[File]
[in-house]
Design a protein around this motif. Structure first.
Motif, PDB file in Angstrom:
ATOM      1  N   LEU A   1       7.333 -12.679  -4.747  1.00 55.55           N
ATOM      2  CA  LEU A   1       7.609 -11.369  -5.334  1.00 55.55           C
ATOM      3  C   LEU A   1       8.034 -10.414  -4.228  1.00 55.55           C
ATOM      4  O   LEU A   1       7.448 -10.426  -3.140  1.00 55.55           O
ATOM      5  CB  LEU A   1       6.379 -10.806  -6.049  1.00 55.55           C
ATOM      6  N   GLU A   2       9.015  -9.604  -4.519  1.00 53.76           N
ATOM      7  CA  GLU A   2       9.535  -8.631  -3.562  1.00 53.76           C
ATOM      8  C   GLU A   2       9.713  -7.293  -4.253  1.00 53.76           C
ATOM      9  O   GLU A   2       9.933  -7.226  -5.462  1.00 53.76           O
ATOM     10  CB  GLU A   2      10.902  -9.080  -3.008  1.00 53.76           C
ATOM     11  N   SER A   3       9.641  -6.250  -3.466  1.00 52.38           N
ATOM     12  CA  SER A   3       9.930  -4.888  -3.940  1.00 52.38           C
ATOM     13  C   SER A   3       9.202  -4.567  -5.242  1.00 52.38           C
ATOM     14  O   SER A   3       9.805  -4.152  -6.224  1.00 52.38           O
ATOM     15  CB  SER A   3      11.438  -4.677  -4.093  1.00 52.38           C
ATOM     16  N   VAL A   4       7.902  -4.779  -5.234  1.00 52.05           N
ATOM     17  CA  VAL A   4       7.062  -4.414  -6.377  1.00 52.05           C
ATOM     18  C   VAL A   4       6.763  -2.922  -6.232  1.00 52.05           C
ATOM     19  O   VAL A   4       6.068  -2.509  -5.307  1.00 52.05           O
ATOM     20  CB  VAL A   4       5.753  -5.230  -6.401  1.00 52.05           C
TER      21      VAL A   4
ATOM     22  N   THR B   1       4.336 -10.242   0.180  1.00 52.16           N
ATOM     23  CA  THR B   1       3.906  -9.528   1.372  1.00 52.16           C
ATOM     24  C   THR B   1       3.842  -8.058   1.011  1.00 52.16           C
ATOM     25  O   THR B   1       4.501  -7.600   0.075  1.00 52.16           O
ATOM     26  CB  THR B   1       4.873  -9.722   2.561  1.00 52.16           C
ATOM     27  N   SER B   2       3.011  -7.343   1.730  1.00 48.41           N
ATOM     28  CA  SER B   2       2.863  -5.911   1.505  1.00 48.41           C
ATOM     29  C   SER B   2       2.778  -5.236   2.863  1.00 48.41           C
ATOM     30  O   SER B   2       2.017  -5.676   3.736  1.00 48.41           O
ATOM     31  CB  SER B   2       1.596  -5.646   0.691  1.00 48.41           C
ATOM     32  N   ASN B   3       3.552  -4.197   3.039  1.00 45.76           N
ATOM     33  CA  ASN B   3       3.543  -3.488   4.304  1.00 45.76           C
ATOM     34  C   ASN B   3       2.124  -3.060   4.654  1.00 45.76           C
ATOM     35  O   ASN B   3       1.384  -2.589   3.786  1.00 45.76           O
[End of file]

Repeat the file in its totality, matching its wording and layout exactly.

[in-house]
Design a protein around this motif. Structure first.
Motif, PDB file in Angstrom:
ATOM      1  N   LEU A   1       7.333 -12.679  -4.747  1.00 55.55           N
ATOM      2  CA  LEU A   1       7.609 -11.369  -5.334  1.00 55.55           C
ATOM      3  C   LEU A   1       8.034 -10.414  -4.228  1.00 55.55           C
ATOM      4  O   LEU A   1       7.448 -10.426  -3.140  1.00 55.55           O
ATOM      5  CB  LEU A   1       6.379 -10.806  -6.049  1.00 55.55           C
ATOM      6  N   GLU A   2       9.015  -9.604  -4.519  1.00 53.76           N
ATOM      7  CA  GLU A   2       9.535  -8.631  -3.562  1.00 53.76           C
ATOM      8  C   GLU A   2       9.713  -7.293  -4.253  1.00 53.76           C
ATOM      9  O   GLU A   2       9.933  -7.226  -5.462  1.00 53.76           O
ATOM     10  CB  GLU A   2      10.902  -9.080  -3.008  1.00 53.76           C
ATOM     11  N   SER A   3       9.641  -6.250  -3.466  1.00 52.38           N
ATOM     12  CA  SER A   3       9.930  -4.888  -3.940  1.00 52.38           C
ATOM     13  C   SER A   3       9.202  -4.567  -5.242  1.00 52.38           C
ATOM     14  O   SER A   3       9.805  -4.152  -6.224  1.00 52.38           O
ATOM     15  CB  SER A   3      11.438  -4.677  -4.093  1.00 52.38           C
ATOM     16  N   VAL A   4       7.902  -4.779  -5.234  1.00 52.05           N
ATOM     17  CA  VAL A   4       7.062  -4.414  -6.377  1.00 52.05           C
ATOM     18  C   VAL A   4       6.763  -2.922  -6.232  1.00 52.05           C
ATOM     19  O   VAL A   4       6.068  -2.509  -5.307  1.00 52.05           O
ATOM     20  CB  VAL A   4       5.753  -5.230  -6.401  1.00 52.05           C
TER      21      VAL A   4
ATOM     22  N   THR B   1       4.336 -10.242   0.180  1.00 52.16           N
ATOM     23  CA  THR B   1       3.906  -9.528   1.372  1.00 52.16           C
ATOM     24  C   THR B   1       3.842  -8.058   1.011  1.00 52.16           C
ATOM     25  O   THR B   1       4.501  -7.600   0.075  1.00 52.16           O
ATOM     26  CB  THR B   1       4.873  -9.722   2.561  1.00 52.16           C
ATOM     27  N   SER B   2       3.011  -7.343   1.730  1.00 48.41           N
ATOM     28  CA  SER B   2       2.863  -5.911   1.505  1.00 48.41           C
ATOM     29  C   SER B   2       2.778  -5.236   2.863  1.00 48.41           C
ATOM     30  O   SER B   2       2.017  -5.676   3.736  1.00 48.41           O
ATOM     31  CB  SER B   2       1.596  -5.646   0.691  1.00 48.41           C
ATOM     32  N   ASN B   3       3.552  -4.197   3.039  1.00 45.76           N
ATOM     33  CA  ASN B   3       3.543  -3.488   4.304  1.00 45.76           C
ATOM     34  C   ASN B   3       2.124  -3.060   4.654  1.00 45.76           C
ATOM     35  O   ASN B   3       1.384  -2.589   3.786  1.00 45.76           O